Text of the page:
It doesn’t matter when you look at the moon you will always see the same side, day or night. This is fairly common, most moons and even some planets show this behaviour. It’s called tidal locking and is the result of the planets pull on the moon. Our moon rotates once on its axis each time it orbits the Earth. If it rotated more than once or less than once then we would be able to see the other side of the moon. But this isn’t just a coincidence, when the moon originally came into our orbit (details unknown) it wasn’t in sync with the Earth as it is now. The moon and the Earth are fairly close meaning that the Earth has a prominent effect on the moon and has gradually adjusted its orbit and shape to how it looks today.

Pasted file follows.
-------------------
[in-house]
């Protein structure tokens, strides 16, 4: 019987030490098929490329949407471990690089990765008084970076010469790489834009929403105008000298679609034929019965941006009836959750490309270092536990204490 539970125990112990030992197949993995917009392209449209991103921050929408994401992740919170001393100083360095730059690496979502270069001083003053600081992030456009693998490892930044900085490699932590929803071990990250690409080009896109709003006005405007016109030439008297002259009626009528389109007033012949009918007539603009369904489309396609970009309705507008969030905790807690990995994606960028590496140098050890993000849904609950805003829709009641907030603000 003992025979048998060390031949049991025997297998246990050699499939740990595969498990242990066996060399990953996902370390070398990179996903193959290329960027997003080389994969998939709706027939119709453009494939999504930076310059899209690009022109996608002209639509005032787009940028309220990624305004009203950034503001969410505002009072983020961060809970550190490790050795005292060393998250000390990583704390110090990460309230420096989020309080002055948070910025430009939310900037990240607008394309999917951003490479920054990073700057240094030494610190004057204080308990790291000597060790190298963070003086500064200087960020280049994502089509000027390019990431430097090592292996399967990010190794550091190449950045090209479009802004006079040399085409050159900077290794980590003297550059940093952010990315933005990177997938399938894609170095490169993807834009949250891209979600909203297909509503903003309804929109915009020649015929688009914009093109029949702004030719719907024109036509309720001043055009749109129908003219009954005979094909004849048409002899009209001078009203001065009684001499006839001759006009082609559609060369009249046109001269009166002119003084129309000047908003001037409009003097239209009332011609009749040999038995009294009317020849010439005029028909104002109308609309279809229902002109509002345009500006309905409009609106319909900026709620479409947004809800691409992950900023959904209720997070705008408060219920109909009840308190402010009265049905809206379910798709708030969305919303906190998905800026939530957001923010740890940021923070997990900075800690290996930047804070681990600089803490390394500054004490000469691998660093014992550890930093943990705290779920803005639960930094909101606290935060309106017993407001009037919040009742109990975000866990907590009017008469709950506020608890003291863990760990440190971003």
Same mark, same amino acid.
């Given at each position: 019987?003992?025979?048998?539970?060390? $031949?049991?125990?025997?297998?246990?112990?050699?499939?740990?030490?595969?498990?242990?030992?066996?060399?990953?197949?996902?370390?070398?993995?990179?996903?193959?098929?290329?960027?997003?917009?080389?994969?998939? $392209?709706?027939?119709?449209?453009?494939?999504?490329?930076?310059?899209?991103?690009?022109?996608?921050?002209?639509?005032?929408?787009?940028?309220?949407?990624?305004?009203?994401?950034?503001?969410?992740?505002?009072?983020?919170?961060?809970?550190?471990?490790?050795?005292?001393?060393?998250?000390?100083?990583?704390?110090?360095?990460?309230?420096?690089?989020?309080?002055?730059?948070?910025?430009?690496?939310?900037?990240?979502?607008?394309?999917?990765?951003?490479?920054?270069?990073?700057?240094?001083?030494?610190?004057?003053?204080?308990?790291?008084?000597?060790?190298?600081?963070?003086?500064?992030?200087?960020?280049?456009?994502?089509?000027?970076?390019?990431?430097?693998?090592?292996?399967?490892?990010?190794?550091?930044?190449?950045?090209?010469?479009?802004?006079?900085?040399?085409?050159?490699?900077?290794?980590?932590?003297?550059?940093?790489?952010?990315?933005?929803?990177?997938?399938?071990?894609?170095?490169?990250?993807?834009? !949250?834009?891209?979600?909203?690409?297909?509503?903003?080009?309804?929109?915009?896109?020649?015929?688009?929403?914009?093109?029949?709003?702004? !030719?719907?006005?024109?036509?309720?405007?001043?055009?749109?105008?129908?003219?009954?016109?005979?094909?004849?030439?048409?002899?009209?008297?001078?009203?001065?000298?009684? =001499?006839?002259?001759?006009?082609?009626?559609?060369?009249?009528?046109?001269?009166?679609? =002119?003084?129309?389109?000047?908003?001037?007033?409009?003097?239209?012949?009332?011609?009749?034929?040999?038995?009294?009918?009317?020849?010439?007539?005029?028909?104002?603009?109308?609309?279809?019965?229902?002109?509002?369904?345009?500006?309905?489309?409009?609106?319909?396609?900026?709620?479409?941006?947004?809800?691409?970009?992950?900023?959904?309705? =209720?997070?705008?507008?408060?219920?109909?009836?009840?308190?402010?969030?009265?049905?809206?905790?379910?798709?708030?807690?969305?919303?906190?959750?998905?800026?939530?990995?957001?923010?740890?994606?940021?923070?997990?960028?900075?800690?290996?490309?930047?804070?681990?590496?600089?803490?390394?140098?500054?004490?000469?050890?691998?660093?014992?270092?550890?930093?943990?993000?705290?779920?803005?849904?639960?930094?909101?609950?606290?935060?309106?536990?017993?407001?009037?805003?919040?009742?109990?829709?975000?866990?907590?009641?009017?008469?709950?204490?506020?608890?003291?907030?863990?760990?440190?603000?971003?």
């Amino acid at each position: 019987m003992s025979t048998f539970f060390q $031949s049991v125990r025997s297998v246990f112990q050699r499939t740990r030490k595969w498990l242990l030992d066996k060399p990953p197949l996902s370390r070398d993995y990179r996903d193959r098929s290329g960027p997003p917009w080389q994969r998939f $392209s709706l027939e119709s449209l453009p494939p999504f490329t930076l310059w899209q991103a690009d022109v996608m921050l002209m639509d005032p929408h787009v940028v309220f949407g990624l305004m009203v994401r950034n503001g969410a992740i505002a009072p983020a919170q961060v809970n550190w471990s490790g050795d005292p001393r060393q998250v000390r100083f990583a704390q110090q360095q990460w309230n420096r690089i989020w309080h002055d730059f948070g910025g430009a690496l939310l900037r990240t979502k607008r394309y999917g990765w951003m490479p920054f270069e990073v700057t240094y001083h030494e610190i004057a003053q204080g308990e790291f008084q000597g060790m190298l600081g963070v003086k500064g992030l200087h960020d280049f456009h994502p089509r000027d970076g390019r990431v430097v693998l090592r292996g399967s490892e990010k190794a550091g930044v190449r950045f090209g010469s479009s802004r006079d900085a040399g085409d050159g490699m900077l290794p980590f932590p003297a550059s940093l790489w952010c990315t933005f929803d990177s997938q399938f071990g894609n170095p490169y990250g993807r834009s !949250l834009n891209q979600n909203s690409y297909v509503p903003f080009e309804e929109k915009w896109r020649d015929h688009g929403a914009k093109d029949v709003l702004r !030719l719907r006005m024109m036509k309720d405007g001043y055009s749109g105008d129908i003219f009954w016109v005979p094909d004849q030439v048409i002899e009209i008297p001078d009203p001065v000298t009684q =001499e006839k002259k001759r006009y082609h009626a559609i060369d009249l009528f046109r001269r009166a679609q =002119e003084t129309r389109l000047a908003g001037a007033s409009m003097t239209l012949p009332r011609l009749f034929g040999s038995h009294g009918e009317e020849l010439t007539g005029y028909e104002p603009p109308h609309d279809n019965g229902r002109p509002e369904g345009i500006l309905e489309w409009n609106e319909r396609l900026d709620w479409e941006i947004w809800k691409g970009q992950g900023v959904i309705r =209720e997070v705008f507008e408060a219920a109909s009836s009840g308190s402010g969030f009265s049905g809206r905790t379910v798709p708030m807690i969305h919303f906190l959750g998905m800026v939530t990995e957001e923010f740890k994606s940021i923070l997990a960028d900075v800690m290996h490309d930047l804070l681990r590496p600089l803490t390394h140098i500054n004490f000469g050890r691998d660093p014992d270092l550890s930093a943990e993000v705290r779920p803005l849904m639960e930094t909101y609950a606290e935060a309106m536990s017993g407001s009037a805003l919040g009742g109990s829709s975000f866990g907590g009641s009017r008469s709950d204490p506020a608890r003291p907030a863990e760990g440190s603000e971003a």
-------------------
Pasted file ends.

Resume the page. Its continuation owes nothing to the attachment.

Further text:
Lots of people refer to the side not facing us as the ‘dark’ side of the moon. This makes it sound like one side of the moon never sees sunlight and this isn’t true. As you can see from the animation above the moon orbits the Earth in the opposite direction to the Earth orbiting the sun. This means it sees plenty of sunlight on all sides.
The moon doesn’t orbit the Earth in an exact circle like the animation above therefore we do sometimes see a sliver of the other side of the moon but nothing spectacular.